“Send forth the worst ye breed, And bind our sons in shackles To serve your selfish greed”. (2-4) For Harrison, the coming of the White man into Africa to ‘liberate’ Africans was deceitful and had an ulterior motive of exploitation and selfish gain. This same thinking was expressed by Henry Parks in, Africa: The Problem of the New Century, where he advocated for blacks in diaspora to colonise Africa. He contended that European “scramble for Africa would blight the continent with liquor, vice, and genocide” ( qtd. in Mitchell 1).
Lastly, when European empires touch foot in Africa to gain the many resources this continent provided, it created acts of genocide. In 1884, the Berlin conference took place, dividing Africa into the hands of several different empires. Countries such as Rwanda took a turn with the empires powers. The Indigenous groups of Rwanda, which were the Hutus and Tutsis were peaceful till Germany took hold of the country. During the time Germany had power over Rwanda, they gave the Tutsis higher status and the key position.
Afterwards, the second and third precepts of colonization will be discussed. Furthermore, we will look at the unique case during the colonization era which is Dutch colonization and micro and macro incentives that driven the Netherlands to Indonesia. Finally, we will look at the imperialism in today world and conclusion of the paper. Between 1870 and1914 the modern concept of imperialism was introduced by Richard Koebner, he defines imperialism as a combination of the economic expansion as well as militarism which allowed to sprawl of country(Stokes, 1969). One of the founders of classical view is Lenin; he believes that imperialism is inevitable stage of capitalism.
The theme of Heart of Darkness is the conditions prevailing in the Congo under the imperialist rule of the Belgian King, Leopold II. These conditions include the impact of the white traders and explorers on the life of the African (or Congolese) savages, and the influence of the native way of life on the white men, with special reference to one man named Mr. Kurtz. In fact, Conrad’s novel ha several themes: the theme of self-restraint, theme of working of the sub-conscious mind of man, the theme of the exploration of a little-known Continent, the theme of the influence of barbarism and primitivism on a civilised man when he is cut off from civilised society and the obvious theme of the imperialist exploration of a backward country. Conrad’s treatment of the theme of white imperialism was influenced by his own visit to the Congo and his exploration of that dark country. His rendering of Marlow’s conscious and subconscious thoughts was also based upon his own reactions to what he had himself seen in the course of his voyage through the dark country of Congo in a streamer on the river Congo.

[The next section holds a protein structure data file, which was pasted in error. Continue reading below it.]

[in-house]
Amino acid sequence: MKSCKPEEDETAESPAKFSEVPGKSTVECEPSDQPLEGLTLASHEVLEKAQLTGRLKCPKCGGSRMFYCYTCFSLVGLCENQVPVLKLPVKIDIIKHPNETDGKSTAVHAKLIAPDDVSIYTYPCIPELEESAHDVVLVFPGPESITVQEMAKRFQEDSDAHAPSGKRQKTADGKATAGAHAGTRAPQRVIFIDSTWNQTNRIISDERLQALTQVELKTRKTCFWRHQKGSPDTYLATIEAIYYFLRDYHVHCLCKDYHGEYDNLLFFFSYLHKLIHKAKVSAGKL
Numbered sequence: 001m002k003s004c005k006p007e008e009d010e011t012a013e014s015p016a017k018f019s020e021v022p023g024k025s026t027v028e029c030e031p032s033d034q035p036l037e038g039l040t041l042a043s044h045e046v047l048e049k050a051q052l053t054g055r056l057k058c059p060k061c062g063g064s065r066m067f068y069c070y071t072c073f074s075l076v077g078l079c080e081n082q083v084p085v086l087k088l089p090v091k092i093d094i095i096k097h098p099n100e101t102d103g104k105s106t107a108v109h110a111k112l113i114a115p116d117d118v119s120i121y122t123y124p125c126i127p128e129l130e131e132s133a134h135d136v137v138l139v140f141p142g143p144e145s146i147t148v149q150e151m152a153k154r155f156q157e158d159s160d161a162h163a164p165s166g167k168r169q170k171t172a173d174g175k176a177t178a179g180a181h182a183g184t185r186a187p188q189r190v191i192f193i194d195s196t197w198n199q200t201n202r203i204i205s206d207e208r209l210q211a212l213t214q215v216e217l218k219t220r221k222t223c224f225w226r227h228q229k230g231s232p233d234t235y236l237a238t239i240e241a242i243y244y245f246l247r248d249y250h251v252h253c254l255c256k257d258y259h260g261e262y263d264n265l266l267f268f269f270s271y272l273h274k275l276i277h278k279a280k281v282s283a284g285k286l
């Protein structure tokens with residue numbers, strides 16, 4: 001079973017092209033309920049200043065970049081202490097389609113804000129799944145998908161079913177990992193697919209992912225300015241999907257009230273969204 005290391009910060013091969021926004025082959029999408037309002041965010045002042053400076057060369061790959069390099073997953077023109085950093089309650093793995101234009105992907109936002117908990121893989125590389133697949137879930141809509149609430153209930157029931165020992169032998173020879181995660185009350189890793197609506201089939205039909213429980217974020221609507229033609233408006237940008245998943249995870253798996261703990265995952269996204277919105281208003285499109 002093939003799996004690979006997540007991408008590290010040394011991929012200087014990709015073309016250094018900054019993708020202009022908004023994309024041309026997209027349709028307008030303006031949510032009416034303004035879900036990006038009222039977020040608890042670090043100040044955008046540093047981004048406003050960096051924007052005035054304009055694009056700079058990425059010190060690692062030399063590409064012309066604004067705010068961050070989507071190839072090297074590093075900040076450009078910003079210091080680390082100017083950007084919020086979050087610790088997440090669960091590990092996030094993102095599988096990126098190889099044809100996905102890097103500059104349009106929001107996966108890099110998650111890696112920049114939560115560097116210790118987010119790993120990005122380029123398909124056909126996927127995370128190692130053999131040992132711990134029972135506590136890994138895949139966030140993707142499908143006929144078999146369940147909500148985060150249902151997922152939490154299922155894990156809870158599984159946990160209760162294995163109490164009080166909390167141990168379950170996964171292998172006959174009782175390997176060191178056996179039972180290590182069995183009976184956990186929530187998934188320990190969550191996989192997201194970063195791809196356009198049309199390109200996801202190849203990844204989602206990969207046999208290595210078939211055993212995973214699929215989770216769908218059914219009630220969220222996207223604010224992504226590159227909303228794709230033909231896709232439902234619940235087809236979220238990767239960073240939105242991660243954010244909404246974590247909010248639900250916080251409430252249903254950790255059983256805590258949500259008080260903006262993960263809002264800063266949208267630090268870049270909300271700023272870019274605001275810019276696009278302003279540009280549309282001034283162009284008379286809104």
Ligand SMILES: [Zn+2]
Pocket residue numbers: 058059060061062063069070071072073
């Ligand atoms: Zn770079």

From the understanding of the empowerment theory, one can see its positive relevance to South Africa’s decolonization and Africanization process. This can be so in that, a critical analysis on pre 1994 South Africa shows that the Republic was under white colonial rule of the National Party which sort to increase patterns of colonial discrimination of the Black South Africans through the devolution of political structures and the promotion of a putative independence in the African reserves Laura (2012). Race also played a pivotal role during this colonial period. The White rule was characterized by installation of oppression, denial of opportunities and poverty on the black majority based on belief in biological racial difference and hierarchy. This exemplifies the notion of oppression, discrimination and powerlessness suffered by the marginalized individuals and groups in some societies as argued by the empowerment theory.